Uterine Adenomyosis: What is it? Cause, Symptoms and Treatment

Adenomyosis is defined as a uterine abnormality.

Endometrial glands and stroma are present within the myometrium, which may or may not result in uterine hypertrophy of the muscle fibers or hypertrophy of organs. It is common for patients with adenomyosis to also suffer from leiomyoma or endometriosis. It is more common in women between the age group of 35 to 50 years.

It is probably more common at this age because women have excess estrogen in this period of life. Near 35 years of age, the woman’s body ceases production of progesterone, which leads to a balance of the effects of estrogen. After 50 years of menopause, women do not produce more estrogen.


The cause of this pathology has not been elucidated. However, it may be related to uterine trauma that can rupture the barrier between the endometrium and the myometrium, which can occur during pregnancy, cesarean section, or tubal ligation.

There are two different forms of adenomyosis and can be focal (involving only the uterus) or diffuse. In the beginning, the foci of adenomyosis are observed dispersed in the endometrium. Subsequently, the nodules can be seen in the myometrium and ectopic hypertrophic endometrium.


The symptomatology of adenomyosis is similar to other uterine pathologies: increased menstrual flow (menorrhagia) and uterine cramps (dysmenorrhea), leading to a decrease in patients’ quality of life.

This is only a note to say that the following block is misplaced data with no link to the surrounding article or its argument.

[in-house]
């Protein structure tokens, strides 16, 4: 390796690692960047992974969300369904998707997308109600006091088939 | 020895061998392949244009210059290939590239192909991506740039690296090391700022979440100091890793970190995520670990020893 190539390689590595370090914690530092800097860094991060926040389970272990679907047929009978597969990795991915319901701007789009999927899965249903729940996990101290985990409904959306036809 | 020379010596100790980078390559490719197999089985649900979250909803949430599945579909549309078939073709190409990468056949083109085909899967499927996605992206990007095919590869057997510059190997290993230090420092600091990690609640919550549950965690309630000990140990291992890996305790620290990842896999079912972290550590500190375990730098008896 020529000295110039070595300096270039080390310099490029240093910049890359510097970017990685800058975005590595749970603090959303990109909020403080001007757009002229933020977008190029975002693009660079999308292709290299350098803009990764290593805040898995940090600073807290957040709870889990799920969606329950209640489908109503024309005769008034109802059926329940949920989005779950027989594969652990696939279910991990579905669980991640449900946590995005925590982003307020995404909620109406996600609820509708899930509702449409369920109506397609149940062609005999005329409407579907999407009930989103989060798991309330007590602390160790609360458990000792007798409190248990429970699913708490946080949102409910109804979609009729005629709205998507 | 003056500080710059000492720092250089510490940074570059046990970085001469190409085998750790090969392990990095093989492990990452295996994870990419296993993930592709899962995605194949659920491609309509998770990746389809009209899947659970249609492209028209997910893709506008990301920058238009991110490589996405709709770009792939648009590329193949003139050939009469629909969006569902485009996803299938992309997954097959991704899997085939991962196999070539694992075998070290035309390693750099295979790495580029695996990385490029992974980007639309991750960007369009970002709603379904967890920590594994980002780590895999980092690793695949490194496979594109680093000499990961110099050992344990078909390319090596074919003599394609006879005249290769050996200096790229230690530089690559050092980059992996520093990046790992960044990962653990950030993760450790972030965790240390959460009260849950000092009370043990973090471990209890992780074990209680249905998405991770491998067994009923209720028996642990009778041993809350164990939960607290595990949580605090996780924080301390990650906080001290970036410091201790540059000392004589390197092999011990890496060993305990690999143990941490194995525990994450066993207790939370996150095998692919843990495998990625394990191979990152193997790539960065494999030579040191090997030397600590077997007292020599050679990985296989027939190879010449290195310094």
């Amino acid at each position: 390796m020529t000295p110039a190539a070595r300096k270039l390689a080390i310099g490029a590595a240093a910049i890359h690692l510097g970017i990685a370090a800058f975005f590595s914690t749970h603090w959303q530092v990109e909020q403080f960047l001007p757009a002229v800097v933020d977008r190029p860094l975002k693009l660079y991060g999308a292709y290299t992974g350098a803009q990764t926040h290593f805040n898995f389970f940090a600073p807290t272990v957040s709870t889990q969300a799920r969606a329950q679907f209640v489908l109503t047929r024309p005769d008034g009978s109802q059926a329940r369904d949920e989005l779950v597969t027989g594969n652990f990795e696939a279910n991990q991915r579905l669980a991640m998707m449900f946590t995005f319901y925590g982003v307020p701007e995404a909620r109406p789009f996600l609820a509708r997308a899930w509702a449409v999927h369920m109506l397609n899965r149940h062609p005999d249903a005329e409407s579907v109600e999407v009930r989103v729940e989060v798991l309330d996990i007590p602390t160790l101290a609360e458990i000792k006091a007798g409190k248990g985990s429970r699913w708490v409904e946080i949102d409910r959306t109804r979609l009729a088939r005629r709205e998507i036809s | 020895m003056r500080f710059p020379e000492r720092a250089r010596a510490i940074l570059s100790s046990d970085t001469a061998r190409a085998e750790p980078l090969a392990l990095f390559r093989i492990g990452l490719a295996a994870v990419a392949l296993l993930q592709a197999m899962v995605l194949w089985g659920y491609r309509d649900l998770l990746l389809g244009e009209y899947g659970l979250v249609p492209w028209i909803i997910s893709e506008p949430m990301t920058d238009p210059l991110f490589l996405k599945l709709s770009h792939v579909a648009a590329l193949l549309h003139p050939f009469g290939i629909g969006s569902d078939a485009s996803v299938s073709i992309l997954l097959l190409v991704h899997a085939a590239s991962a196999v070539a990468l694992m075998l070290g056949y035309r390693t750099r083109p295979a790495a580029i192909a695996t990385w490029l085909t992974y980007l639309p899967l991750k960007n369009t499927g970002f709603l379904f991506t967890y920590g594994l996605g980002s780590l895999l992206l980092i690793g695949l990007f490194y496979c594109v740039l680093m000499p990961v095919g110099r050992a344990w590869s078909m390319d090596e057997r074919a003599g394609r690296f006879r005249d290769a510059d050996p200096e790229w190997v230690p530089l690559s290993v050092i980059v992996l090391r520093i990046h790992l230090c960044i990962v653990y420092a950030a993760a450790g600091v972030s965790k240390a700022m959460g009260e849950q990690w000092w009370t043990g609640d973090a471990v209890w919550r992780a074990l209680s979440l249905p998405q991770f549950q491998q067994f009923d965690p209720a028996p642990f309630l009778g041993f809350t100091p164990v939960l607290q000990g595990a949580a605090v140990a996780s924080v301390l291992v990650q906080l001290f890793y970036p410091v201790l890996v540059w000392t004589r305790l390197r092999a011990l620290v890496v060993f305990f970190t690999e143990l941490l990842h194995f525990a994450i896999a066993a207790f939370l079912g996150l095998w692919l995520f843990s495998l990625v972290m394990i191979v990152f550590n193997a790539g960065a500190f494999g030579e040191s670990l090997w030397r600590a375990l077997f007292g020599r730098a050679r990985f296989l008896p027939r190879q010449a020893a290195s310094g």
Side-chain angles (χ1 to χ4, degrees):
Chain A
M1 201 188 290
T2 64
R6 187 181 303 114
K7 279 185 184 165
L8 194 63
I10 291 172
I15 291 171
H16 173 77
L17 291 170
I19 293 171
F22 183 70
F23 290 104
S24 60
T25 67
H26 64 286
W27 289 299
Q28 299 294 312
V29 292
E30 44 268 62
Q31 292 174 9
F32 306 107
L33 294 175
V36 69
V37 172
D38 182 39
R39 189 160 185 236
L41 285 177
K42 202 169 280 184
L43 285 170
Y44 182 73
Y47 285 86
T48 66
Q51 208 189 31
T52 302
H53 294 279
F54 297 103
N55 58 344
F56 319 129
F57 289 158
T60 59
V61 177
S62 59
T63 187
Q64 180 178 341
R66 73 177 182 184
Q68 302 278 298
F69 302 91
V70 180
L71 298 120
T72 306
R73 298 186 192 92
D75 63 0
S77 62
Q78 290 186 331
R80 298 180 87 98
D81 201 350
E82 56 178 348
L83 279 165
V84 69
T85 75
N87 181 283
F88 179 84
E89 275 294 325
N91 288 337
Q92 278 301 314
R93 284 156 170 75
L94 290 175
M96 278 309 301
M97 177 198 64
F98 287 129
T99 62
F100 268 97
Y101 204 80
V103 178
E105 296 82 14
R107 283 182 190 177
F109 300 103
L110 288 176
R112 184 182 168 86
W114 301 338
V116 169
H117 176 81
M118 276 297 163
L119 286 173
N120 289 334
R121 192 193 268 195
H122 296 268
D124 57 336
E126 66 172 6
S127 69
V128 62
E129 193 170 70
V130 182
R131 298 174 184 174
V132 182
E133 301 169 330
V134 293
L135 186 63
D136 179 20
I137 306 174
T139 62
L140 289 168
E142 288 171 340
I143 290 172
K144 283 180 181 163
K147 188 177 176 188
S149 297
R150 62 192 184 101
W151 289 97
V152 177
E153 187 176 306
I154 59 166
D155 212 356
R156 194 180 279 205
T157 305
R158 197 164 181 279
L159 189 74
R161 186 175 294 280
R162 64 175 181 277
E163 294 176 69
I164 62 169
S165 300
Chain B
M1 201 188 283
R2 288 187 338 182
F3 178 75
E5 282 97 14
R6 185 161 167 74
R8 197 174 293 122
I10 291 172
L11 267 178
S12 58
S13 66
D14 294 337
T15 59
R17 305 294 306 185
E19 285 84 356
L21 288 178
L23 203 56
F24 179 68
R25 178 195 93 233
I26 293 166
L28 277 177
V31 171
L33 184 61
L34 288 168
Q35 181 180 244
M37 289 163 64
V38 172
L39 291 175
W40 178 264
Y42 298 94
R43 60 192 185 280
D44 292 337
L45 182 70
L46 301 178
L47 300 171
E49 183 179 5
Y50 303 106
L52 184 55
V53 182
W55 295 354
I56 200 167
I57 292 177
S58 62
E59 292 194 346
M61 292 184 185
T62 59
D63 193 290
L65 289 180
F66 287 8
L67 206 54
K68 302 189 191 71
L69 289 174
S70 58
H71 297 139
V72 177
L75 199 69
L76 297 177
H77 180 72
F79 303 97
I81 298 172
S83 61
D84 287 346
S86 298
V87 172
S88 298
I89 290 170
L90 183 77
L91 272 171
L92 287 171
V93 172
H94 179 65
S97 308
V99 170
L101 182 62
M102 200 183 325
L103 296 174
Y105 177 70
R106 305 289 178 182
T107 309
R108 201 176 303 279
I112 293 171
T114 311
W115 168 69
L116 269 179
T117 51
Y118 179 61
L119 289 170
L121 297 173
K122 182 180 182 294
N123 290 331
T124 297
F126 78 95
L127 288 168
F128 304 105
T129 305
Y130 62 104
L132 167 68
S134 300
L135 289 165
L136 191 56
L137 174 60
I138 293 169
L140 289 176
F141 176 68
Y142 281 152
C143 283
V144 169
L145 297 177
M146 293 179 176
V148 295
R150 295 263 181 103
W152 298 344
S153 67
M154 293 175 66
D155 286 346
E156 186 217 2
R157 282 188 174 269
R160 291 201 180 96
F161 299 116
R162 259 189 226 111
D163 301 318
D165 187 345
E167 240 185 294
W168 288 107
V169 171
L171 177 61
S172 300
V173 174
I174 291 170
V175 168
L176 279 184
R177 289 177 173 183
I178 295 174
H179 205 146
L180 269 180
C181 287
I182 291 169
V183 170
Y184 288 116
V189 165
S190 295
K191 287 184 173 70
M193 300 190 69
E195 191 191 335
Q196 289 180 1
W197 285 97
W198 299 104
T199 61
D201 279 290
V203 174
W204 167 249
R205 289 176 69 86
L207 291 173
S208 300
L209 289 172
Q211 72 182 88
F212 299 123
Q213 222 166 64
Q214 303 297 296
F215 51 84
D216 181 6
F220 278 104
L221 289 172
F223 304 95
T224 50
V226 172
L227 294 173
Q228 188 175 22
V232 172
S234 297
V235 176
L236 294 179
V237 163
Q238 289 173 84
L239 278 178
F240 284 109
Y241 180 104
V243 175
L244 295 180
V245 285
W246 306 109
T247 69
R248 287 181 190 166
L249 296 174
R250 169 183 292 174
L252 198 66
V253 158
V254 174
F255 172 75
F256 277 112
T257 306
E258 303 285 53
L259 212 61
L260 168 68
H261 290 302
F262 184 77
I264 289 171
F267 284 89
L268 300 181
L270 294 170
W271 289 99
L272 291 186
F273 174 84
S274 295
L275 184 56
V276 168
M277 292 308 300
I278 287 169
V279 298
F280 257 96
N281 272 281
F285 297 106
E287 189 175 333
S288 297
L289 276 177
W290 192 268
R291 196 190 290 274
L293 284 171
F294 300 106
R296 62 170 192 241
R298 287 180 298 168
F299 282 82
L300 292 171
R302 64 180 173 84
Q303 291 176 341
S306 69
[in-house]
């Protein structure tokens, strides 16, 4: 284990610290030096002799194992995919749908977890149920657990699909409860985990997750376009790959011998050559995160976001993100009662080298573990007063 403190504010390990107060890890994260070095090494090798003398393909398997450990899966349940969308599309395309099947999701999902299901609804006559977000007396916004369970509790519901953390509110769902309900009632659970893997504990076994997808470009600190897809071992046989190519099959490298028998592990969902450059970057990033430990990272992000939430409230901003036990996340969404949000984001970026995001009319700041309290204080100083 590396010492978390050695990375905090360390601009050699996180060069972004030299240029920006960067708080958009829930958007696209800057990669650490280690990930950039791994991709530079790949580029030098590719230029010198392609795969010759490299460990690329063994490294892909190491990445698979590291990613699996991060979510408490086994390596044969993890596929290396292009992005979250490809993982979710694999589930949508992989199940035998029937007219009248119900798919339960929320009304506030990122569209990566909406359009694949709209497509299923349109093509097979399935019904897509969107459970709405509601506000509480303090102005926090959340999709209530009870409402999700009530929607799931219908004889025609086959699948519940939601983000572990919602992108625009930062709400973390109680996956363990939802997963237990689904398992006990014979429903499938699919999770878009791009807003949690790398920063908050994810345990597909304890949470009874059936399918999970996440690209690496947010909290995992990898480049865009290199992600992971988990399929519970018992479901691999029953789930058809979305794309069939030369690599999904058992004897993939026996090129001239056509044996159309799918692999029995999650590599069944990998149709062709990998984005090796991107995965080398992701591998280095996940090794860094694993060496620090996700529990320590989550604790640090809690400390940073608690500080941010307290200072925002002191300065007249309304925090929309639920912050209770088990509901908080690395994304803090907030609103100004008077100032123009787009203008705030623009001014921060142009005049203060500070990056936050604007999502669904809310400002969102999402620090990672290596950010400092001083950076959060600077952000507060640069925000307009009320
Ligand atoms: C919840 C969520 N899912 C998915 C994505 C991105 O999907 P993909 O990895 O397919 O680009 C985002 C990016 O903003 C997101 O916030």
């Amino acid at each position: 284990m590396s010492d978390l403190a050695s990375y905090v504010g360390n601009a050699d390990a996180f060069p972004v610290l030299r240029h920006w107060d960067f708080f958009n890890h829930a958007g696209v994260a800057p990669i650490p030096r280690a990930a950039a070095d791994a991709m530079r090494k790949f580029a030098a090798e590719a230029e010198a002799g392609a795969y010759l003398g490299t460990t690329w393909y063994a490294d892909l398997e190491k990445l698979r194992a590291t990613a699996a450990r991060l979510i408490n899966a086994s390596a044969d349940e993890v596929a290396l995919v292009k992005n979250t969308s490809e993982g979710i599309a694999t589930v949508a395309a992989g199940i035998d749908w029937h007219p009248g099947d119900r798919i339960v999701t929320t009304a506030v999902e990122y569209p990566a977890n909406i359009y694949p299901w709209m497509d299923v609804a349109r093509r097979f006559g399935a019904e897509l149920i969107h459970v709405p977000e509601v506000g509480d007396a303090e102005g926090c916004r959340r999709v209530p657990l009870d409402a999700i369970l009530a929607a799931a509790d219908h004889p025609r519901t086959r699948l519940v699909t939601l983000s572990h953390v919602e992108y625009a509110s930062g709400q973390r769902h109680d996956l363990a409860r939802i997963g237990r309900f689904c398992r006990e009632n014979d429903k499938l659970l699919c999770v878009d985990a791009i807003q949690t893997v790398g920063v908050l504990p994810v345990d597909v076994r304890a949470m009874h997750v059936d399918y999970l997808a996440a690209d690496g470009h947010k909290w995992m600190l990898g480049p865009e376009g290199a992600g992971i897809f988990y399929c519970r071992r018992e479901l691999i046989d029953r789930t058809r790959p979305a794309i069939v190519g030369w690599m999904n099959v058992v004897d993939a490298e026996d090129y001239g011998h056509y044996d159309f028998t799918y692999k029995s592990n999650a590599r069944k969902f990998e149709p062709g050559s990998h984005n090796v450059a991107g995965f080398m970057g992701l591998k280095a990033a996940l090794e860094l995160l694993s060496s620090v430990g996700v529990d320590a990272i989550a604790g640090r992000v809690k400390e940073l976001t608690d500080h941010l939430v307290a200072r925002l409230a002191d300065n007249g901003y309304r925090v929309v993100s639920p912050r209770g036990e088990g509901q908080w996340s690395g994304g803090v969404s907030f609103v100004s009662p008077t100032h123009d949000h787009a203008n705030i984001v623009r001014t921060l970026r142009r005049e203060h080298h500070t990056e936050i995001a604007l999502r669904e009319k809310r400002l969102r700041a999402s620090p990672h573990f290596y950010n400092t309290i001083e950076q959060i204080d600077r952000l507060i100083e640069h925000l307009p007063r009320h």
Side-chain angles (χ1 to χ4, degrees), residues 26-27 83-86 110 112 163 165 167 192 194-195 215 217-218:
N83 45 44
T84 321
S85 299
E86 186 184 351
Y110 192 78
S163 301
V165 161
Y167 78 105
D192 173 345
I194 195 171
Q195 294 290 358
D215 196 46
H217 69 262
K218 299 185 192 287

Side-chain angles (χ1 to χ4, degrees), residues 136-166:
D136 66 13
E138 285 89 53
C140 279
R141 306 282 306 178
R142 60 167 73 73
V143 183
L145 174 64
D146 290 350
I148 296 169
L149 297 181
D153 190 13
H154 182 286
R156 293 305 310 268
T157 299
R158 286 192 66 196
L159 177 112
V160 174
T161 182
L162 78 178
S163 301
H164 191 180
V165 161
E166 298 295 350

The diagnosis is made by considering the history and physical examination of women in the age group previously described (35 to 50 years) who have had children and have undergone surgery on the myometrium and clinical alterations. The confirmation is done through imaging tests such as ultrasound and magnetic resonance imaging.



Treatment includes the use of non-steroidal anti-inflammatories and through the use of GnRH agonists to reduce symptoms. An endometrial ablation only affects the surface of the endometrial tissue and not the tissue that expands into the uterine muscle. This remaining tissue still causes pain, and surgical removal is the only option for a permanent cure.

Doctors believe that estrogen in exacerbated amounts is the cause of adenomyosis or that it can be one of the most severe symptoms, so they recommend avoiding products with foreign estrogens.